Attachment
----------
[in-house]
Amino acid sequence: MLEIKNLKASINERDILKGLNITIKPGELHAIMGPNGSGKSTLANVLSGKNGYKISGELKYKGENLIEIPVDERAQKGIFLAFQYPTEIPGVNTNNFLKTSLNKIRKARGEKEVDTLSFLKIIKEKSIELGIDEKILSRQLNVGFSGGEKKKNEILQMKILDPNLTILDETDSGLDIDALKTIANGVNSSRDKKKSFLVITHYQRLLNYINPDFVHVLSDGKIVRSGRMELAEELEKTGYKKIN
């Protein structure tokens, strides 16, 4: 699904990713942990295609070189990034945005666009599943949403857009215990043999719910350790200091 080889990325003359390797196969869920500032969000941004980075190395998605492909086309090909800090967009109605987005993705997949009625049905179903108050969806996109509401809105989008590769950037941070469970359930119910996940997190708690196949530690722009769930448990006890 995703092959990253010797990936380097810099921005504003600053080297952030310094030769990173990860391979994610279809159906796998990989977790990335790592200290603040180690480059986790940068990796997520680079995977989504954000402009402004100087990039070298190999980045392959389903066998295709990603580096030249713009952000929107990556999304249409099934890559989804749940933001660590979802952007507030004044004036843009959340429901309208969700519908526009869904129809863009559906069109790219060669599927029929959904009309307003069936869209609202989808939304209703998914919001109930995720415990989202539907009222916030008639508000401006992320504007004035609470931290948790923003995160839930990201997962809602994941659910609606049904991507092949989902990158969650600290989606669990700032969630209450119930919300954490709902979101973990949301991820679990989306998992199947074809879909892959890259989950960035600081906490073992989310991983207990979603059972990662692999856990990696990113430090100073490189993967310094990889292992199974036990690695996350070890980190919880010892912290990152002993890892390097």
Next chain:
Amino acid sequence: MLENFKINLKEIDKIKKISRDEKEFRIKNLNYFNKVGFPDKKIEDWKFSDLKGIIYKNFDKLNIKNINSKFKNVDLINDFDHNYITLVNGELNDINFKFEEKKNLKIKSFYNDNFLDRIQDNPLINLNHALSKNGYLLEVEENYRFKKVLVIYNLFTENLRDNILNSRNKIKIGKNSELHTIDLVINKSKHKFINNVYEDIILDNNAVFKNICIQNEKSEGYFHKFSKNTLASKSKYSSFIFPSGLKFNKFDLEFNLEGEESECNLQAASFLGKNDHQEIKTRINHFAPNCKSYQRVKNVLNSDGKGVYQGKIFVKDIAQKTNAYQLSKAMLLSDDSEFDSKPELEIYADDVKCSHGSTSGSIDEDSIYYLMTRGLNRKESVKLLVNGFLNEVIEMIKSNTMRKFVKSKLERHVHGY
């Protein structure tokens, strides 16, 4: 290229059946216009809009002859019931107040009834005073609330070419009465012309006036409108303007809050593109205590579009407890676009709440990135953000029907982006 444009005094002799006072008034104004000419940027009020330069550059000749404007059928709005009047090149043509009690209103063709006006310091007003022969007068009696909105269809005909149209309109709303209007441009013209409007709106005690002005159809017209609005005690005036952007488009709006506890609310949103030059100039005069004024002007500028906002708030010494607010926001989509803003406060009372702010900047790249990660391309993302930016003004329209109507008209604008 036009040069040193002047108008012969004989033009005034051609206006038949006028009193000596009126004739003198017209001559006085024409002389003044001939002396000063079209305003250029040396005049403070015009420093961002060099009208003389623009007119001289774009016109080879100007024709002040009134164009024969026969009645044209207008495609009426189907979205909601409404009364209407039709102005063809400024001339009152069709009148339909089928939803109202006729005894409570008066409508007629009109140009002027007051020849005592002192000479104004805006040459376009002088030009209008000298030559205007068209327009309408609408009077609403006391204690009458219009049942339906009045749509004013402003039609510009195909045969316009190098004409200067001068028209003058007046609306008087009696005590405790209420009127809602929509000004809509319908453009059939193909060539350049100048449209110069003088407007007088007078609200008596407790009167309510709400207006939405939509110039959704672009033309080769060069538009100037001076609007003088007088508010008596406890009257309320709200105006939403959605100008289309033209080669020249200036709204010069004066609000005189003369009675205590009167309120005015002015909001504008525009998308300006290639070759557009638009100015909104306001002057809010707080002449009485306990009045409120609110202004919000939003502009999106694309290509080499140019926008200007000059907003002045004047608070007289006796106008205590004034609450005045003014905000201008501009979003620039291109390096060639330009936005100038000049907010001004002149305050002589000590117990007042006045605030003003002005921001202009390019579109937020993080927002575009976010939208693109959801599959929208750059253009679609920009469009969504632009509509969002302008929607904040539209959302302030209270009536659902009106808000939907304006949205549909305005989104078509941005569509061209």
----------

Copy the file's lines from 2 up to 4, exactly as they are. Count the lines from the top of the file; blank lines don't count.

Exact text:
Amino acid sequence: MLEIKNLKASINERDILKGLNITIKPGELHAIMGPNGSGKSTLANVLSGKNGYKISGELKYKGENLIEIPVDERAQKGIFLAFQYPTEIPGVNTNNFLKTSLNKIRKARGEKEVDTLSFLKIIKEKSIELGIDEKILSRQLNVGFSGGEKKKNEILQMKILDPNLTILDETDSGLDIDALKTIANGVNSSRDKKKSFLVITHYQRLLNYINPDFVHVLSDGKIVRSGRMELAEELEKTGYKKIN
């Protein structure tokens, strides 16, 4: 699904990713942990295609070189990034945005666009599943949403857009215990043999719910350790200091 080889990325003359390797196969869920500032969000941004980075190395998605492909086309090909800090967009109605987005993705997949009625049905179903108050969806996109509401809105989008590769950037941070469970359930119910996940997190708690196949530690722009769930448990006890 995703092959990253010797990936380097810099921005504003600053080297952030310094030769990173990860391979994610279809159906796998990989977790990335790592200290603040180690480059986790940068990796997520680079995977989504954000402009402004100087990039070298190999980045392959389903066998295709990603580096030249713009952000929107990556999304249409099934890559989804749940933001660590979802952007507030004044004036843009959340429901309208969700519908526009869904129809863009559906069109790219060669599927029929959904009309307003069936869209609202989808939304209703998914919001109930995720415990989202539907009222916030008639508000401006992320504007004035609470931290948790923003995160839930990201997962809602994941659910609606049904991507092949989902990158969650600290989606669990700032969630209450119930919300954490709902979101973990949301991820679990989306998992199947074809879909892959890259989950960035600081906490073992989310991983207990979603059972990662692999856990990696990113430090100073490189993967310094990889292992199974036990690695996350070890980190919880010892912290990152002993890892390097």
Next chain: